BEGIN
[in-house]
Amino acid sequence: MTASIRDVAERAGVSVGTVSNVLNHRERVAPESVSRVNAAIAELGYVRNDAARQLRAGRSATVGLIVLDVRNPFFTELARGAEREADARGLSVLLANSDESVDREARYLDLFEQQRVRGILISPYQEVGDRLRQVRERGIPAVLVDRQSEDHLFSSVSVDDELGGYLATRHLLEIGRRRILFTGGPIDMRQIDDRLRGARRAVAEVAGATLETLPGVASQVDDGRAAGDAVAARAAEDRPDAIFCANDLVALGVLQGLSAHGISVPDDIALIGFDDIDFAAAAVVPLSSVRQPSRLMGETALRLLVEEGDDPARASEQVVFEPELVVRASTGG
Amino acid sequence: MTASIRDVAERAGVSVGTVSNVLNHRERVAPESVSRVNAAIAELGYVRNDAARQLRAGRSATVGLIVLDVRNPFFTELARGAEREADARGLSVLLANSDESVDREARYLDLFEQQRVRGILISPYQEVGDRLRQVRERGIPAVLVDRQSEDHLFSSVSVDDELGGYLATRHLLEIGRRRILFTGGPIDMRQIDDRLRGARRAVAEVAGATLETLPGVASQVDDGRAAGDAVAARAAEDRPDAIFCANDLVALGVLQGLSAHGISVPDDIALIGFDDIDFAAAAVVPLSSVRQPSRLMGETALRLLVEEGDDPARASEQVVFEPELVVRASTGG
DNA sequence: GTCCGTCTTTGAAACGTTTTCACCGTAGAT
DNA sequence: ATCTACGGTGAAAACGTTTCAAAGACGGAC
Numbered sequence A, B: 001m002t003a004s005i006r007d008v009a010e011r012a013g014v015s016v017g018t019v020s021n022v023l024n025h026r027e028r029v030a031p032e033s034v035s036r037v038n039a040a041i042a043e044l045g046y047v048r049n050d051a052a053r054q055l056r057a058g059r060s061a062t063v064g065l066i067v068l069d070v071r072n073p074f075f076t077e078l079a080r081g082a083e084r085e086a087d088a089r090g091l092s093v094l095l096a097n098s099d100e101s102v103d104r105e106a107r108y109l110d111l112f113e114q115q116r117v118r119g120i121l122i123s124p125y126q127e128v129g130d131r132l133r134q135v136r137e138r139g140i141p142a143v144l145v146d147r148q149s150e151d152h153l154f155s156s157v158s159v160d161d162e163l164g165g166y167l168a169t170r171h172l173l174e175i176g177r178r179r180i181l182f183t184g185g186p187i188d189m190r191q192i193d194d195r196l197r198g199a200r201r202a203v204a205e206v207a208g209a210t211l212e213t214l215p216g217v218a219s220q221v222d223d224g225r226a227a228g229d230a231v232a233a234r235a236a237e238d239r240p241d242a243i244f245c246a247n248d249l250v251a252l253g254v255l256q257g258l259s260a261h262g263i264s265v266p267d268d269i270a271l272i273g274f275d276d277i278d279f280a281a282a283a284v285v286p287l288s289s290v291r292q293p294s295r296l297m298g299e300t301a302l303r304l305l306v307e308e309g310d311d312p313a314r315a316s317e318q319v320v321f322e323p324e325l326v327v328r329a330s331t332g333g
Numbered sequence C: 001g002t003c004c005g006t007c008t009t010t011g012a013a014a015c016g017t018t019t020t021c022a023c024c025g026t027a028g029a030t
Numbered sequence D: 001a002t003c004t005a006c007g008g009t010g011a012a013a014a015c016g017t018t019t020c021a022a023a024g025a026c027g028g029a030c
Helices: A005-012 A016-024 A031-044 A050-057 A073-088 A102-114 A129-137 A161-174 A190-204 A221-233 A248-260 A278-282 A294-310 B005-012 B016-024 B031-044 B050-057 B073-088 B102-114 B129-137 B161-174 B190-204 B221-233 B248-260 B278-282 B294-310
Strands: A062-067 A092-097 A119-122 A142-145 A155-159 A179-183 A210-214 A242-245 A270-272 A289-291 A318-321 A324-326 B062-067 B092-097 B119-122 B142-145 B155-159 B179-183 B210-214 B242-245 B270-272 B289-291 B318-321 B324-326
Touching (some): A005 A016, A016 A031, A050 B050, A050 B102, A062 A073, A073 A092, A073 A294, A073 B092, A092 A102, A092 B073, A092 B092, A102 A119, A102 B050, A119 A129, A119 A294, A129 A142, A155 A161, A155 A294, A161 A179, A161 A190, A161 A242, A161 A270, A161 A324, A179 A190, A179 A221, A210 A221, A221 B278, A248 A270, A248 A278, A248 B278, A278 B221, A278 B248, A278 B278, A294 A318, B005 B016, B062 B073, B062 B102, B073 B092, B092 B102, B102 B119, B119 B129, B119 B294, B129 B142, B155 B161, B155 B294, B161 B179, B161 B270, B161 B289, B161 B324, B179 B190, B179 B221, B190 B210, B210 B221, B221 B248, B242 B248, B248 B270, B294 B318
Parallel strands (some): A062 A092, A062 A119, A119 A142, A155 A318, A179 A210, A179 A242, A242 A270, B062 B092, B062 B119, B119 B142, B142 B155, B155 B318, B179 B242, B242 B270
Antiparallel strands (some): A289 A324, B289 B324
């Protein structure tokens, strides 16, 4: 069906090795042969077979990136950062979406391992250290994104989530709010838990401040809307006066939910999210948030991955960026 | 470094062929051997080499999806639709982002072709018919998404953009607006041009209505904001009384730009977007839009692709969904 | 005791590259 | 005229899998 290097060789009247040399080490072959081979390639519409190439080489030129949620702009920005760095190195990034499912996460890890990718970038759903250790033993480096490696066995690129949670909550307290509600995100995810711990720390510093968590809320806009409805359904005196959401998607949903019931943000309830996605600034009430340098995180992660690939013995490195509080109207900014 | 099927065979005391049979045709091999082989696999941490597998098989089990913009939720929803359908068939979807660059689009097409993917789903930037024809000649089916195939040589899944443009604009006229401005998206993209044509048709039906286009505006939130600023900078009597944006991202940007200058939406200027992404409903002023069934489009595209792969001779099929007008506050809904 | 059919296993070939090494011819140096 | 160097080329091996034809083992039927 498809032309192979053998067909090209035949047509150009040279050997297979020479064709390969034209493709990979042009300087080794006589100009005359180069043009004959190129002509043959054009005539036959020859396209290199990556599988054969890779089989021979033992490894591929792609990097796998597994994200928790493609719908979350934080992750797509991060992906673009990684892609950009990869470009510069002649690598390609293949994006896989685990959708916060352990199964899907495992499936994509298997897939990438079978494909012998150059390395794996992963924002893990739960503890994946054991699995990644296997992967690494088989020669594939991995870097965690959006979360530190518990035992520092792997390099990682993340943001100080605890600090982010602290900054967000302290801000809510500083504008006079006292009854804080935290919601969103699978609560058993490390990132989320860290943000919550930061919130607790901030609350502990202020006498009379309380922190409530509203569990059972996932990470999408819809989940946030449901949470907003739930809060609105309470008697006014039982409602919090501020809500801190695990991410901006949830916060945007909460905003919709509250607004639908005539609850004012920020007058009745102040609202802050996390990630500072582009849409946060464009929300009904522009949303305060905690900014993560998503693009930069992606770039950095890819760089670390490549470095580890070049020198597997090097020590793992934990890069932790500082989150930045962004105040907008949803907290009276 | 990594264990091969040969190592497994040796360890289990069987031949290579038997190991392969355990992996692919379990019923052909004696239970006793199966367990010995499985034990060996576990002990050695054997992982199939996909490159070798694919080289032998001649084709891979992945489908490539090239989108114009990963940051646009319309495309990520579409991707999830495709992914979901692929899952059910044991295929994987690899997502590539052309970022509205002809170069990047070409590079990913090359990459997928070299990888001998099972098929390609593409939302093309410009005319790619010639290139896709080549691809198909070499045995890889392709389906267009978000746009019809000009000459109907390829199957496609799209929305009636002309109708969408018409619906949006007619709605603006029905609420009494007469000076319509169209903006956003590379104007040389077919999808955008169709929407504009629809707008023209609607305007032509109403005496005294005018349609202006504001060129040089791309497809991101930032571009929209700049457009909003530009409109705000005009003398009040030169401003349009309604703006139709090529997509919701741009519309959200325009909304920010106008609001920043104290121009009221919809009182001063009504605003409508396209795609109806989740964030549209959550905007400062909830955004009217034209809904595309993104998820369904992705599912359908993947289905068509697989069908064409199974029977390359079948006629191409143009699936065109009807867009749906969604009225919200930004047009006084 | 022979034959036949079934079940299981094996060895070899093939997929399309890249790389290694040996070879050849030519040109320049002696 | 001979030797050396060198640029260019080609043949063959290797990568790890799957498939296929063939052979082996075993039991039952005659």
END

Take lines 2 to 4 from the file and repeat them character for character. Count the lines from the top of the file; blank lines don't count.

Amino acid sequence: MTASIRDVAERAGVSVGTVSNVLNHRERVAPESVSRVNAAIAELGYVRNDAARQLRAGRSATVGLIVLDVRNPFFTELARGAEREADARGLSVLLANSDESVDREARYLDLFEQQRVRGILISPYQEVGDRLRQVRERGIPAVLVDRQSEDHLFSSVSVDDELGGYLATRHLLEIGRRRILFTGGPIDMRQIDDRLRGARRAVAEVAGATLETLPGVASQVDDGRAAGDAVAARAAEDRPDAIFCANDLVALGVLQGLSAHGISVPDDIALIGFDDIDFAAAAVVPLSSVRQPSRLMGETALRLLVEEGDDPARASEQVVFEPELVVRASTGG
Amino acid sequence: MTASIRDVAERAGVSVGTVSNVLNHRERVAPESVSRVNAAIAELGYVRNDAARQLRAGRSATVGLIVLDVRNPFFTELARGAEREADARGLSVLLANSDESVDREARYLDLFEQQRVRGILISPYQEVGDRLRQVRERGIPAVLVDRQSEDHLFSSVSVDDELGGYLATRHLLEIGRRRILFTGGPIDMRQIDDRLRGARRAVAEVAGATLETLPGVASQVDDGRAAGDAVAARAAEDRPDAIFCANDLVALGVLQGLSAHGISVPDDIALIGFDDIDFAAAAVVPLSSVRQPSRLMGETALRLLVEEGDDPARASEQVVFEPELVVRASTGG
DNA sequence: GTCCGTCTTTGAAACGTTTTCACCGTAGAT